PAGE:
The HDC-925's other aspect ratio options include anamorphic, FlexView, and 14:9. While I was bouncing around through the menus, I discovered the selection of test pattern choices, and in addition to the normal ones that you might expect, Link has also included a "Circle" and "Grid." This is really great in ensuring that aspect ratios are correct. (It really works a lot better than trying to decide if the people being viewed are really tall and skinny, or naturally short and stocky.)

As easy as the OSD (on screen display) menu is to operate, I decided that it was time to try out the unit's Web interface.

After connecting an Ethernet cable between my laptop computer and the HDC-92 converter—and using Mozilla Firefox—I was able to type the proper IP address into the browser and gain immediate access.

The unit's Web control window is both basic and easy to understand and use—and best of all—you can make changes without having to use the OSD.

There are seven tabs on the GUI I/O settings for format selection and ARC controls. The video settings access auto detection functionality, full proc amp features and test pattern selection. The audio settings provide access to group assignment, delay management, and audio error checking on/off. There are advanced settings for control of noise reduction management, source selection and more. The setup tab gives you access to reference, closed captioning and timecode management windows, while "preset" lives up to its name by providing management of preset parameters. "Info" reveals IP information, along with software/firmware versions and serial numbers.

I moved through these tabs, and tested most all of the features. In the proc amp section it was easy to change any of the levels, as you can either type in a plus or minus value or use slow/fast arrows and see immediate results in the picture. If you get a bit carried away and lose your way, there's a default button for most items and groups.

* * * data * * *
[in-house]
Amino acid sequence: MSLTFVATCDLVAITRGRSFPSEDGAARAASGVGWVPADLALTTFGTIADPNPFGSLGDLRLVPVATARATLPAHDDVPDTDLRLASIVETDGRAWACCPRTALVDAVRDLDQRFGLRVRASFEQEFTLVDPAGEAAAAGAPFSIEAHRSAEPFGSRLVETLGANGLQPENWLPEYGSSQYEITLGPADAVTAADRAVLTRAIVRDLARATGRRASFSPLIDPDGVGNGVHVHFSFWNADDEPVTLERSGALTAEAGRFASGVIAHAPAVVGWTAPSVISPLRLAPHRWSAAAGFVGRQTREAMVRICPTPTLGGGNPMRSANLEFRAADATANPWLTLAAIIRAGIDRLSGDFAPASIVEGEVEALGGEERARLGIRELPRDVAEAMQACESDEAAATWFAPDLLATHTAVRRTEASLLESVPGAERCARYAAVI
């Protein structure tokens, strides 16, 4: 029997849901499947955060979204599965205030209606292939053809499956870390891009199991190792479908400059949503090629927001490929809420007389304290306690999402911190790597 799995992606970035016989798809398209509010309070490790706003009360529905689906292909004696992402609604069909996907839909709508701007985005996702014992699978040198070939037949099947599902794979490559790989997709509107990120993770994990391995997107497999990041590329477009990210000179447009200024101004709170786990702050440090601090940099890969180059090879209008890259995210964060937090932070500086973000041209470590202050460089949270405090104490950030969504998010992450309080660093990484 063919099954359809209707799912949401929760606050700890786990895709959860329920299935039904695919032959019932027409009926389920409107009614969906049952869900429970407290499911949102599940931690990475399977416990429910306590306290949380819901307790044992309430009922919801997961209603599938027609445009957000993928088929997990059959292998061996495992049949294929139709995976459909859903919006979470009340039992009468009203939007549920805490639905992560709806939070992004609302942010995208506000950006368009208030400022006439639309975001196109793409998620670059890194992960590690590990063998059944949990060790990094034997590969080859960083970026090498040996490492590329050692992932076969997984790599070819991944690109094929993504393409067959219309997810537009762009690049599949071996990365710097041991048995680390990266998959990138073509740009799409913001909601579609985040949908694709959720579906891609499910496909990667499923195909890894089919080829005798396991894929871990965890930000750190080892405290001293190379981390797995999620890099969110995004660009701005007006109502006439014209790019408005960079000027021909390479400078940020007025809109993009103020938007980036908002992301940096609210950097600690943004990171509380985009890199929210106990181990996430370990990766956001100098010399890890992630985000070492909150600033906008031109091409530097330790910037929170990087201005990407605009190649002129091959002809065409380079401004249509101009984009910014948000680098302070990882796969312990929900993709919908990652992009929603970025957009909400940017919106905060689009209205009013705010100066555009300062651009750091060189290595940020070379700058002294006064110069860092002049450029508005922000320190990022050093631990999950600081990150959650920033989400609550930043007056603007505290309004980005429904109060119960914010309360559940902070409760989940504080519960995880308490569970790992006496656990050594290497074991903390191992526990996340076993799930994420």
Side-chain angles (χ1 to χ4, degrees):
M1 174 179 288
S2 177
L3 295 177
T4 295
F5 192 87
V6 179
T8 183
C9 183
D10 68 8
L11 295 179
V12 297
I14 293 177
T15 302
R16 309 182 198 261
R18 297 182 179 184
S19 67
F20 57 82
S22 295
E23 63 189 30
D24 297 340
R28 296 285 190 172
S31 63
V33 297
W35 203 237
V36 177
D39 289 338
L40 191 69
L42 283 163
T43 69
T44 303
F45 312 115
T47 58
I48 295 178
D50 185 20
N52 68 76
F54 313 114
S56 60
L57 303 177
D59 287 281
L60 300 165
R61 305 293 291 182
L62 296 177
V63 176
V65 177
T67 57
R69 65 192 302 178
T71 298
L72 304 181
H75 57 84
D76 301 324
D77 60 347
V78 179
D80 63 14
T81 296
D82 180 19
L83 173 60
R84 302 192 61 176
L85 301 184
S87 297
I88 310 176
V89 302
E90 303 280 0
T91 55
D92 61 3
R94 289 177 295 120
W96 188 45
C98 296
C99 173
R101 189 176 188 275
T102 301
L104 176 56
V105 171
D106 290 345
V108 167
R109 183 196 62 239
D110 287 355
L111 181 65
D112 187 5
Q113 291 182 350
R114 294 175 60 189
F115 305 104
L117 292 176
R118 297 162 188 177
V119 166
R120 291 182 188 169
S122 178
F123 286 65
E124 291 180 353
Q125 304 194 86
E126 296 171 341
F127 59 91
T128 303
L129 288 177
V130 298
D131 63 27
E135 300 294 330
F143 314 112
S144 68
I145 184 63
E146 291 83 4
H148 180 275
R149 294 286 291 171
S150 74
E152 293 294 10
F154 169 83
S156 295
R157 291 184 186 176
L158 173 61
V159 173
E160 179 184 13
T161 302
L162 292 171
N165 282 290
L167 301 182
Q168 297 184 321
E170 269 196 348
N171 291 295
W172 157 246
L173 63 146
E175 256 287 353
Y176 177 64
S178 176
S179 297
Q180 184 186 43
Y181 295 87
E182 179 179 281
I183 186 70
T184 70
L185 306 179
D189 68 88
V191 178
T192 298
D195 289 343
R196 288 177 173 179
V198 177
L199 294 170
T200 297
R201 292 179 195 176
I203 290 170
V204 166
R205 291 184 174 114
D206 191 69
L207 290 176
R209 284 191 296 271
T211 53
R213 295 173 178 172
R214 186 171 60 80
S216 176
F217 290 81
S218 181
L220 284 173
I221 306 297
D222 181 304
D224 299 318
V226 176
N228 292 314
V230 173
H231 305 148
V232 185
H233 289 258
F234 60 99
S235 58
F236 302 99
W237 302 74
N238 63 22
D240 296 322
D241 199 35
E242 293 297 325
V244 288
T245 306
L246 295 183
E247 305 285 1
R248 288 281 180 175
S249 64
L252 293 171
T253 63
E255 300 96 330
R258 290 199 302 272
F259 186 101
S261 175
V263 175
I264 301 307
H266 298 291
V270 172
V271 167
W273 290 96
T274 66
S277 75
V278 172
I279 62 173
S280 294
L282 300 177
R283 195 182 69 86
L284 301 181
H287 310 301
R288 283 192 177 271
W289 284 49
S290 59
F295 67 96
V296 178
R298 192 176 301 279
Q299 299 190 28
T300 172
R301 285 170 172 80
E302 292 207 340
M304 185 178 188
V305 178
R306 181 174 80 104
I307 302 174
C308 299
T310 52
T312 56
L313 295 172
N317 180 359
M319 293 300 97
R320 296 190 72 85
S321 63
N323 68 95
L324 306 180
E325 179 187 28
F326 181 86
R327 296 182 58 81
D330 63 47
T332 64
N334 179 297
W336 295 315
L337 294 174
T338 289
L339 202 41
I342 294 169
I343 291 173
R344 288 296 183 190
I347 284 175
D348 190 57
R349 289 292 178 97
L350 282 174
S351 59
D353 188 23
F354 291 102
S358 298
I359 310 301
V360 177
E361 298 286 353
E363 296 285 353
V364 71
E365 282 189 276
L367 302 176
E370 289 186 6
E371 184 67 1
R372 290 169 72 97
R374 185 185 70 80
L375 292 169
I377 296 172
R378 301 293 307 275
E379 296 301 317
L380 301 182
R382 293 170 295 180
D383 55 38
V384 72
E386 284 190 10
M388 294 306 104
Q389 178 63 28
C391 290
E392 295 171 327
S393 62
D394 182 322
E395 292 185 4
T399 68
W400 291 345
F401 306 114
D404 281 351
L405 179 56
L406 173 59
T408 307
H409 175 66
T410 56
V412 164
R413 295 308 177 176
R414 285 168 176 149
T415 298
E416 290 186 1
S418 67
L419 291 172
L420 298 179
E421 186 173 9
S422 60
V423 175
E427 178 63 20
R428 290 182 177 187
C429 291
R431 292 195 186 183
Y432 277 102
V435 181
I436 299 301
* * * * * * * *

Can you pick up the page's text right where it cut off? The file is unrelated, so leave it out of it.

Near the end of my testing, I tried the HDC-925's standard-definition up-conversion, cross-conversion, and high-definiton down-conversion functions, as well as turning its noise reduction function off and on—basically every combination that I could come dream up.

The bottom line was that the output video quality was excellent at each and every turn. However, it should be noted that I was using only high quality video for an input. (In our age of digital TV, it's getting harder and harder to find really bad video.)

While I might like to see such features as redundant power supplies, a signal bypass at power-off, and an LCD status screen, as it is, the HDC-925 is really packed with features and is constructed in the solid "Link" fashion. It would be a welcome addition to any TV station or video production facility.

Joey Gill is chief engineer at WPSD-TV in Paducah, Ky. He has been with the station for 25 years and been in broadcasting since 1977. He may be contacted